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Animated Science

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Dr Lisa Roberts, Visiting Fellow in the School of Life Sciences at the University of Technology Sydney (UTS), outlines how she is bringing scientific data to light through drawing, dance and animation. Dr Roberts grew up in the Dandenong ranges in Melbourne in the house of her great grandfather, the well-known artist Tom Roberts. Even though she grew up in an environment full of art, and there was an expectation that she would be an artist, she went to university. She studied logic and the history and philosophy of science just to try some different ways of thinking. She did then go to art school and even imagined leading a movement, just as Tom Roberts had, opening people’s eyes to things in new ways.


Lisa drawing on bridge (2002) Location: Australian Antarctic Territory, Southern Ocean
‘Calligraphic lines drawn in pen, paint and pencil are made to capture movement patterns in the water that I feel through my body and trace with my eye.’ Photo credit: Debra Glasgow

Roberts first drew, danced and painted. She was really lucky to know, from the age of five, some very intelligent women friends of her grandmother, German intellectuals who had fled Nazi Germany. One of these women had been a student of pioneer dance analyst Rudolf Laban who developed a way of objectively observing human movement and dance. This connection has led her to explore the use of time, space and energy in gestures that people use to explain things. Roberts lived in Tasmania doing a lot of community art, creating animations to bring together stories shared by many people. One job was on Flinders Island working with various quilters, dancers and musicians. One person on that project was a whale observer, who went to Antarctica regularly. That person actually wanted to go there as a photographic artist and she convinced Roberts to apply with her for the Australian Antarctic Division Arts Fellowship. 


Moving through ice (2002) Location: Australian Antarctic Territory, Southern Ocean. 'After the 2002 voyage to Antarctica I made pastel drawings by tracing photos taken by fellow expeditioner Ken Wilson, to reflect my feeling of moving through ice.' Photo credit: Lisa Roberts

Roberts connected with a lot of scientists in Antarctica and also met her partner there. Back in Sydney she did her PhD in animation with an external supervisor, Simon Pockley, the first person to complete and publish a PhD wholly online. She wanted to know how animation could be used to combine scientific data and subjective responses. The key to her research was Laban’s work on dance, allowing her to interpret gestural forms.


Sapphireberg (2002) Location:  Australian Antarctic Territory, Southern Ocean

This picture of a sapphire blue iceberg is one of a small series of oil paintings that I made as we travelled South. Photo credit: Lisa Roberts

One good example of her work is in furthering understanding of Antarctic krill, tiny crustaceans that have both individual and collective behaviours. Krill are in the middle of the food web, eating plankton and in turn being eaten by whales, octopus, squid and the like. Quite by chance, the Antarctic krill biologists filmed the entire mating sequence of Antarctic krill in an entirely unexpected place, the sea floor. They filmed a gravid female being chased by two males that were doing a dance around her.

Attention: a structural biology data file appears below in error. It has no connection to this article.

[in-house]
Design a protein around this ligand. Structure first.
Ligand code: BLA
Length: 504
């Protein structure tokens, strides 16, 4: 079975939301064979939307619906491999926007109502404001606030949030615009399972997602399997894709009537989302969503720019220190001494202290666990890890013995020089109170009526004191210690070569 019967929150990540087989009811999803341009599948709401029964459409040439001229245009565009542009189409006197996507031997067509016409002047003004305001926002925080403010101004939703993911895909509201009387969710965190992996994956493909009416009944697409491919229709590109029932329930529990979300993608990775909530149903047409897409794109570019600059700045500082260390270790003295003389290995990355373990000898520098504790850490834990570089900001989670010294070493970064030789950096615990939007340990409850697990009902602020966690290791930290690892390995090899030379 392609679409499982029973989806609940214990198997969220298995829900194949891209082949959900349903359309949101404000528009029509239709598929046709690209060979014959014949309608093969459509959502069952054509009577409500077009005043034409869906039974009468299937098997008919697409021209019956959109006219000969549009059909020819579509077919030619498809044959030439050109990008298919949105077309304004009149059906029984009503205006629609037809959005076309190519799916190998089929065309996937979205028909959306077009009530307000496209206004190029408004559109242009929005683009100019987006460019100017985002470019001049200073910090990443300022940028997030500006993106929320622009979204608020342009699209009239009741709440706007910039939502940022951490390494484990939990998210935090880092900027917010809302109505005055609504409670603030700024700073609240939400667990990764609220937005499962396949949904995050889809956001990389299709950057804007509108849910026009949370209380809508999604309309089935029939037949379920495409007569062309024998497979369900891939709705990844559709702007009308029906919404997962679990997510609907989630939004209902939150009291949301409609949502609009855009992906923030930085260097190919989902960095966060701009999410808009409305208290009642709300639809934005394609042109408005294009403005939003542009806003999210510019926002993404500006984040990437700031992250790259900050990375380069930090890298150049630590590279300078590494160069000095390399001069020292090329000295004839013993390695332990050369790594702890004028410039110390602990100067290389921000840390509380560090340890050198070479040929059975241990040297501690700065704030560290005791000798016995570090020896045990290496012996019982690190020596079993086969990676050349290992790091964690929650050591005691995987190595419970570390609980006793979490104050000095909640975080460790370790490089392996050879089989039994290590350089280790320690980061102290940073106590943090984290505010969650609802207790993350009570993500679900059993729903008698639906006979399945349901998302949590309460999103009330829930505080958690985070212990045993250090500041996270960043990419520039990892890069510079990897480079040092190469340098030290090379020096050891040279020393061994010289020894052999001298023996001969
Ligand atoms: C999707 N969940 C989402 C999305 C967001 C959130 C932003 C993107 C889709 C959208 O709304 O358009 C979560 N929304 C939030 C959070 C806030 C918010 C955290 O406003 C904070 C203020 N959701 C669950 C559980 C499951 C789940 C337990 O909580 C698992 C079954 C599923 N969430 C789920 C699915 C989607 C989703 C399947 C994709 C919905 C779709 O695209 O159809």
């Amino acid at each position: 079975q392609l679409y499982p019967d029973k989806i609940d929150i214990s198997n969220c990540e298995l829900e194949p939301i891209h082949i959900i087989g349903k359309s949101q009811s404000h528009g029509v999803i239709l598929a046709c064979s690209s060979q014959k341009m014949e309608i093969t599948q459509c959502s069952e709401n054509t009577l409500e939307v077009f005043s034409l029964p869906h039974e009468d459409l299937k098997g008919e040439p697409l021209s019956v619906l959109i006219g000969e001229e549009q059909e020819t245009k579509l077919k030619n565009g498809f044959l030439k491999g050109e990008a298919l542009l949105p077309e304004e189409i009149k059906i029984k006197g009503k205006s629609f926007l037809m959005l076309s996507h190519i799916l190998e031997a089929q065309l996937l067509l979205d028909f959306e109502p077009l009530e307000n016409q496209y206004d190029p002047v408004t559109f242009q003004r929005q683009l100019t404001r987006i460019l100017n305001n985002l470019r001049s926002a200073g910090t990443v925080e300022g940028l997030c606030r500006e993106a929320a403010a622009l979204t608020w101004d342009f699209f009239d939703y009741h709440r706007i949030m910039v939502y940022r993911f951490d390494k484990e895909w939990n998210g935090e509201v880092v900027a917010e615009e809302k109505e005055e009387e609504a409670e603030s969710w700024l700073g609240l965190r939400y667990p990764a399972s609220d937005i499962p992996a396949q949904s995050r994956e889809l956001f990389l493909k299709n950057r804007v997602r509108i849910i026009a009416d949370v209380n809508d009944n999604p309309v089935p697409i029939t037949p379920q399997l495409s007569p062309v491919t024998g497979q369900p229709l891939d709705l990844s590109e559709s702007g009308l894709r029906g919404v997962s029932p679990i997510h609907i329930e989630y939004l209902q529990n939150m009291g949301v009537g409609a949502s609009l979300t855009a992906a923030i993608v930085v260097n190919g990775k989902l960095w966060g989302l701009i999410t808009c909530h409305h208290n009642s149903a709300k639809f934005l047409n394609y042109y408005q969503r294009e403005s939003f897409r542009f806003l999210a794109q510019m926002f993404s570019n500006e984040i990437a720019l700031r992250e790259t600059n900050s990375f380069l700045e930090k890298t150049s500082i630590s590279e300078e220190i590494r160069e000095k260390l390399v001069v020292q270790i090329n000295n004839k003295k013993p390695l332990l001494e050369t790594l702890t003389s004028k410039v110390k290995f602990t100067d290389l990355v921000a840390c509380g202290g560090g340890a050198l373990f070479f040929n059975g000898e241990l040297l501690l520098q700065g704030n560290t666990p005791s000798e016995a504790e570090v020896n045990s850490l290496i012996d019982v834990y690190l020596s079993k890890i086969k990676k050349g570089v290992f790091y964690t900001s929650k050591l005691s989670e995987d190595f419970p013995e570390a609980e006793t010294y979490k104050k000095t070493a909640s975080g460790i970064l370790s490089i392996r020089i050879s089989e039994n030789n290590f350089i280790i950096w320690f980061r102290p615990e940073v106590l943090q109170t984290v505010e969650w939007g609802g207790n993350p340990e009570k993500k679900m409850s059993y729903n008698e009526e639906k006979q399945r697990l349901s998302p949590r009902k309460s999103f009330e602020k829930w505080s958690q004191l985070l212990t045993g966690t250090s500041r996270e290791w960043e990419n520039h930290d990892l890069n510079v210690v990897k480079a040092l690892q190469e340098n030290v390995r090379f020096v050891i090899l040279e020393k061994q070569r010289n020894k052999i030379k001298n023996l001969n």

Push (2010) ‘I made this drawing to show how the male krill uses his pleopods (swimming legs) to transfer his sperm into the female krill’s thelecum (egg sac entry)’. Photo credit: Lisa Roberts

When Roberts heard of this she knew she had to watch the video and that she could make sense of those dance movements. Roberts traced the video footage frame-by-frame and made it into an animation. The animation became an online component of a scientific paper in the Oxford Journal of Plankton Research as well as being screened on ABC TV on shows for adults and children. Knowing where, when and how marine organisms have sex is important for their conservation and the conservation of their habitats.


Nudge stage (2010) Location:  Australian Antarctic Territory, Southern Ocean
This is one of over 800 video frames that I traced to help work out how Euphausia superba (Antarctic krill) have sex on the sea floor of the Southern Ocean. This frame shows the ‘Nudge’ stage in the mating dance first observed by Australian Antarctic Division scientist So Kawaguchi. Photo credit: Australian Antarctic Division.

Since 2012 Living Data exhibitions have been staged At Antarctic Treaty Consultative Meetings, Hobart, within Ultimo Science Festivals, and at UTS for the inaugural Sydney Science Festival. The krill sex animation has been screened at these events along with other artworks based on relationships in the natural world. Roberts is currently recording scientists and artists talking about what they know about climate change. Collectively there are lots of little bits known about climate change and art is a way of bringing all those bits together. She is particularly looking at the gestures they use when discussing climate change to see how they physically express their understandings. She has finally realised that early dream of leading a new movement, in her case a data movement creating animated science. 


Plankton mesh (2003) ‘I made this installation from strips of mesh that once trawled for plankton in the Southern Ocean. The mesh now captures holds printed pages from the journal that I kept in Antarctica, of drawings, paintings and notes from that experience.’ Photo credit: Lisa Roberts.

Dr Lisa Roberts was interviewed for A Question of Balance by Ruby Vincent. All images supplied by Dr Roberts. Theme music by Graeme Ewing with permission. Summary text by Victor Barry, November 2015..

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